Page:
Why is Belle's Dress Blue? The Frock Has Deeper Meaning
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Disney's live action remake of Beauty & the Beast is just around the corner, and it's got fans of Disney everywhere experiencing some intense nostalgia after seeing Belle's iconic blue dress again. While Belle's yellow ball gown may be the star of the show, her blue frock from the film's beginning is notable not just for its iconic status but also for its color. In fact, the color blue is common among film heroine, and according to Allure, there's a specific reason for that and it's why — despite changes in texture and pattern — Emma Watson's Belle retained blue as the signature color of her first appearance onscreen.

There's little doubt that this year's Halloween will be filled with those wishing to embody Belle for their costume, and wearing a full, yellow ballgown may not be feasible. Thus, Belle's blue provincial frock comes to mind. According to Allure, the idea of Belle's blue relates back to the meaning of the color itself. Van Paris (Allure's writer) cites Leatrice Eiseman, the executive director of the Pantone Color Institute. Eiseman draws parallels between the dependability and reliability of the blue sky and how those qualities allows viewers to be drawn to the hue. Allure then connects the qualities of dependability and loyalty to their typical attribution to boys who will eventually become empowered men. Eiseman explains that by giving blue to female characters instead of male, it's a means of empowering them.

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While Eiseman's assessment of Belle's signature blue is significant, it's costume designer Jacqueline Durran who explains the significance of Emma Watson's frock in the live action film. While fans of the former animated movie already knew that Watson's Belle would be more overtly feminist, the now utilitarian meaning of Belle's blue frock acts a signifier of this now more than it ever has.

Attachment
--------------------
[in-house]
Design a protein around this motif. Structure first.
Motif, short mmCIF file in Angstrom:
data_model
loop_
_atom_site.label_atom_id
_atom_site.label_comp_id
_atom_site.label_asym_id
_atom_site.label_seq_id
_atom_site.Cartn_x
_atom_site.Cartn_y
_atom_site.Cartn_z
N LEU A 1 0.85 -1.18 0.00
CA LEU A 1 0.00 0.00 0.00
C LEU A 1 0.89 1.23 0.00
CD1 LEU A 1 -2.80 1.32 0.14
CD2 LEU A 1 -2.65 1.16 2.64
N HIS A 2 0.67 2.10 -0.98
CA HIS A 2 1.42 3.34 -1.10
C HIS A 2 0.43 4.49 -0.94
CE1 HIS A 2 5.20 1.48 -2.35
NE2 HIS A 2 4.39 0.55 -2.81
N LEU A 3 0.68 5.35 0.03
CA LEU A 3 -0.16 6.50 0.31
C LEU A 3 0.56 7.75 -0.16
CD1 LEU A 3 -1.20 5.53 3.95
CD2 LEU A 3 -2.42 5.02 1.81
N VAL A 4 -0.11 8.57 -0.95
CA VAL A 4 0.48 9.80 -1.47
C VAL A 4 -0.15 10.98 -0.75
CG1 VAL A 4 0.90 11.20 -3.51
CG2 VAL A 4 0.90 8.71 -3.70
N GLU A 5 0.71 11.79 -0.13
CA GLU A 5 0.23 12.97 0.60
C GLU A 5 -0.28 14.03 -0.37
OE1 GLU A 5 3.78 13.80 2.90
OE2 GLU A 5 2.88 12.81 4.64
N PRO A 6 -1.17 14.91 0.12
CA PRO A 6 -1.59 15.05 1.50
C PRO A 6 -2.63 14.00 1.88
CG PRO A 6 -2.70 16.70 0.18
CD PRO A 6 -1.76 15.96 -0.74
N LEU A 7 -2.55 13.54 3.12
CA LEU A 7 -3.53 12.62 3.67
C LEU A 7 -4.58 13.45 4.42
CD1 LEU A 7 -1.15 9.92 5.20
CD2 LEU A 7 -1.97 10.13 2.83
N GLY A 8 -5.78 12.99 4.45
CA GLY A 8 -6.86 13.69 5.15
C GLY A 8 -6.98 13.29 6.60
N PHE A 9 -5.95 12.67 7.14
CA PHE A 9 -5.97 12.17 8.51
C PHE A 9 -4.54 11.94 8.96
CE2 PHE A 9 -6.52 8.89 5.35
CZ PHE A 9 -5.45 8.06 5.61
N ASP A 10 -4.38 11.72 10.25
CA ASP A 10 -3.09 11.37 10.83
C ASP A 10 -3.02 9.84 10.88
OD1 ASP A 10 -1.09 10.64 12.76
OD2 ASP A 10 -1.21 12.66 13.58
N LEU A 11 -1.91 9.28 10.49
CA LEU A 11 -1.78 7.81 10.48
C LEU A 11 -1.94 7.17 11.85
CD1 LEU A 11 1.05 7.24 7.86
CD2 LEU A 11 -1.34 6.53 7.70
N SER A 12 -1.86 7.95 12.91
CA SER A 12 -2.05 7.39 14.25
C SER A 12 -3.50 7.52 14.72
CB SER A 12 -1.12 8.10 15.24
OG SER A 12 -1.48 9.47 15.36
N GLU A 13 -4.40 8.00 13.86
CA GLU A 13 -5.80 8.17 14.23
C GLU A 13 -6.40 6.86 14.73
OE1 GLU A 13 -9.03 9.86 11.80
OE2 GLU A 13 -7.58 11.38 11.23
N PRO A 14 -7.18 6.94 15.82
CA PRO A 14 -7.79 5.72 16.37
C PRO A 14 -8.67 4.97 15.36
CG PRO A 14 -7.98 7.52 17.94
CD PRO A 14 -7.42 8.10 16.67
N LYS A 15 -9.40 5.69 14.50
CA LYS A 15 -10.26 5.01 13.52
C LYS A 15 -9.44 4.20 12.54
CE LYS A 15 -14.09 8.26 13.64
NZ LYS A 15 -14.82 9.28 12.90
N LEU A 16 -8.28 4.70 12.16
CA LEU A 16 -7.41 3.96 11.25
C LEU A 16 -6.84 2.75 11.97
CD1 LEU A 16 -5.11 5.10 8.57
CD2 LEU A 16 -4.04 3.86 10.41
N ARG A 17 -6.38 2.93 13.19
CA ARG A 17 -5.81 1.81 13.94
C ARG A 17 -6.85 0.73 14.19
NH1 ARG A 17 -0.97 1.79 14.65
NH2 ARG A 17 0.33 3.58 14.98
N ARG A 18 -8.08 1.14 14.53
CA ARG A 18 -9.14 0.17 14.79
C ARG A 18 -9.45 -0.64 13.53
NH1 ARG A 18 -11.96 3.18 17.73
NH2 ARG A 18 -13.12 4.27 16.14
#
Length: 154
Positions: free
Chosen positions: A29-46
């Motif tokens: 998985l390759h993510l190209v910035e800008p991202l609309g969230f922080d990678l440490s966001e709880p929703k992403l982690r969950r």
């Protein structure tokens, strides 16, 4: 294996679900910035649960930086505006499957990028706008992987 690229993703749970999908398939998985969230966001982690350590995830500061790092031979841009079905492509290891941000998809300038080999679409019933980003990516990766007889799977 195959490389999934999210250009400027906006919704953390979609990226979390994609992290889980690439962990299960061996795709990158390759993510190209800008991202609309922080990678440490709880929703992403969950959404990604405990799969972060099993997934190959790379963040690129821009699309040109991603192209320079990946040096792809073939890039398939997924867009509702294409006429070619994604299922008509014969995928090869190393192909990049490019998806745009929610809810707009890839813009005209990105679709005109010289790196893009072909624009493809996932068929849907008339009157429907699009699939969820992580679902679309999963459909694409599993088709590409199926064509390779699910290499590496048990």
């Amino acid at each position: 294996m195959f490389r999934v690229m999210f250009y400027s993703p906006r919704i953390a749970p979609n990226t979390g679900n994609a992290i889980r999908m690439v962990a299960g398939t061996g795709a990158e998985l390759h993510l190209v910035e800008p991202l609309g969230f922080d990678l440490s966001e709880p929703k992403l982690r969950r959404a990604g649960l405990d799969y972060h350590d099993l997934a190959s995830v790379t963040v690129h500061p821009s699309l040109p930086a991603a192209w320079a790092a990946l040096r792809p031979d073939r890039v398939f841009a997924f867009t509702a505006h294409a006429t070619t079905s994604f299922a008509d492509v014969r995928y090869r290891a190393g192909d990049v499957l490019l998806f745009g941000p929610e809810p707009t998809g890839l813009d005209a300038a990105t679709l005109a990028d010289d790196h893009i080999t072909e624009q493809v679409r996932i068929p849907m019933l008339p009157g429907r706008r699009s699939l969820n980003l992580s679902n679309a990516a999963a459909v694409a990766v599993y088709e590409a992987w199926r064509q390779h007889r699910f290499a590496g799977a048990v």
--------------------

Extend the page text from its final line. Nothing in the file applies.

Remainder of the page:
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While the blue may be a way to empower the heroine, it's the move toward a more functional costume that makes the most compelling argument for an empowered Belle. In the Allure article, Durran explains, "It is a practical color, and a color that you can work in. In that sense, it is full of active strength.” Here, it's hard to deny a connection between the blue of Belle's dress and the colloquialism of referring to laborers in more manual, active jobs as blue collar. Those active occupations draw parallels to Belle active, adventurous nature in the initial film.

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The dress, however, has obviously changed since its first appearance in the animated film. Durran explains that the addition of bloomers for more movement was popular with Watson. My favorite addition that Durran spoke of, however, was the creation of pockets that Watson's Belle could easily access. According to the costume designer, women in eighteenth century France had pockets tied with strings beneath their dresses that they could access through a slit. Of course, as Belle is the active heroine, Durran chose to place the pockets on the outside of the new frock.

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The reasons for Belle's blue dress may be subjective with many drawing parallels between the story's French setting and the classic hue of French Blue or the connection to innocence and purity via the traditional portrayal of the Virgin Mary in blue, the utilitarian, active intention Durran's costume is my favorite. Belle has generally been cited as one of the more feminist Disney heroines, and by crafting a costume that reflects an active, role-defying heroine, Durran only solidifies Belle's new place as a feminist heroine.